If you talk to eye care experts, they will advise you to ideally get an eye exam every one to two years. Patients who have a higher risk of eye diseases should go in on a more frequent basis. These patients include adults over 55 years old, diabetics, those with previous eye surgeries or injuries, and those with poor vision.
Let’s be honest, we all spend way too much time staring at a screen. It’s not really our fault though. We’re surrounded by those glowy rectangles and our jobs require hours of screen time every day. How much time do you spend staring at a screen? Recent research shows that almost 70% of US adults spend seven hours looking at a screen. That’s how much time we spend sleeping!
Blue Light—Invisible But Dangerous
One of the foods most commonly associated with eye health is carrots. Known for its ability to protect your eyesight, carrots have a myriad of other health benefits as well. If you are looking for the best foods for eye health, carrots certainly aren’t your only option.
Vitamins C and E along with zinc, omega-3 fatty acids, and other nutrients all play a fundamental role in keeping your eyes healthy and your eyesight sharp even as you age. As you may imagine, there are plenty of different foods built around these vital nutrients. Here are just a few you may want to check out:
The eye is made to have a constant flow of tears that keeps it lubricated. This constant flow of moisture washes away infection-causing germs and actually preserves your sight. It’s not just about the way the eye feels, which can be pretty bad if you experience dry eye.
When there is an imbalance of moisture around the eyes, your eyes cannot necessarily get the special proteins they need. It is common for dry eye sufferers to experience:
“He’s a smart kid, but he’s just not doing well in school!”
I can hear the frustration in the parent’s voice. Often the child is doing their best, but they are waging an uphill battle. Your child may be fighting against undiscovered vision problems. Few children will complain because they have nothing to compare it to. They just know that no one understands how hard it is and that mom, dad, and their teacher are not happy.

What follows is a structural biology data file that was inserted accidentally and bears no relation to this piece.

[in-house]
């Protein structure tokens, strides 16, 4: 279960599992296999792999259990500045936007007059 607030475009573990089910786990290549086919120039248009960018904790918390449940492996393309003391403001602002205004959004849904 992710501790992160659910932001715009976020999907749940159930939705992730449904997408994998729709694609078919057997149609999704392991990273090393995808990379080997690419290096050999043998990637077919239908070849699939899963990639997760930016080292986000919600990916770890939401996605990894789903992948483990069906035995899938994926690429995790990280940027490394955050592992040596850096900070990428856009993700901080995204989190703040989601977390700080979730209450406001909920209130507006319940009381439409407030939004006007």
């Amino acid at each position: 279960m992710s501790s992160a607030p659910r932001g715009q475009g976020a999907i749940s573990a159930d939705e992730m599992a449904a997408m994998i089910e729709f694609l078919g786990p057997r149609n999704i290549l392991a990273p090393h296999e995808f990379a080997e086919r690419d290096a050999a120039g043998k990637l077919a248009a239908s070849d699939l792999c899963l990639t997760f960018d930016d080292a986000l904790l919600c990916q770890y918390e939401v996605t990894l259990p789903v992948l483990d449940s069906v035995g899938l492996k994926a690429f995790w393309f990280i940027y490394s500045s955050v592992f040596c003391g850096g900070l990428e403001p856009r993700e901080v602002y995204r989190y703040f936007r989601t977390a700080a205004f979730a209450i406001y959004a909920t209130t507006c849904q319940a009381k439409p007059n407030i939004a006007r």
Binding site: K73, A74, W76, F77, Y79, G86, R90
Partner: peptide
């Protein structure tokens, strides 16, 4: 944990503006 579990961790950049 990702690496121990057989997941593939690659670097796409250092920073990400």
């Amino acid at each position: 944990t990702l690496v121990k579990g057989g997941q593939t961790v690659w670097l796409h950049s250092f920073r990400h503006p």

Facebook may have saved this little girl’s sight! This photo was posted to Facebook by her mother, Tara Taylor. It shows the smiling three-year-old, Rylee Taylor. Immediately, friends and family knew something wasn’t right. They suggested that she get the little girl into an eye doctor due to her white left pupil. An eye exam revealed that Rylee had a rare eye disease called Coat’s Disease, which can lead to blindness. The mother had no idea her little girl was going blind in that eye.
As eye doctors, we are very concerned with children’s vision for many reasons. Here are some of our concerns.
- Children often don’t complain about vision problems because they have nothing to compare it to. If their vision is blurry, they figure that everyone sees like that.
- A child’s brain is so adaptable that it will often compensate for a serious vision problem. If one eye is blurry, the brain will shut off the blurry eye and favor the good eye. Imagine never using your left arm. Eventually it becomes weak and useless. The visual system is no different.
- A child could be blind or going blind in one eye and the parents would not even notice it. The child can still spot an airplane off in the distant sky, but may only be using one eye.
- The refractive error or prescription of a child can change rapidly from year to year. One year they can see just fine at school and the next year their grades begin to drop. The parent determines that the child just isn’t paying attention or applying himself. But in reality, he’s doing the best he can with his increasingly blurry vision.
- The inside of the eye lacks pain-sensing nerves. This concern applies to adults also. The outside of the eye is the most sensitive part of the body. It can sense a speck of dust on the surface. But you can have your retina pull away from the back of the eye, known as a retinal detachment, and have no pain. You can lose your side vision from glaucoma and have no idea until it’s too late and irreversible damage has been done.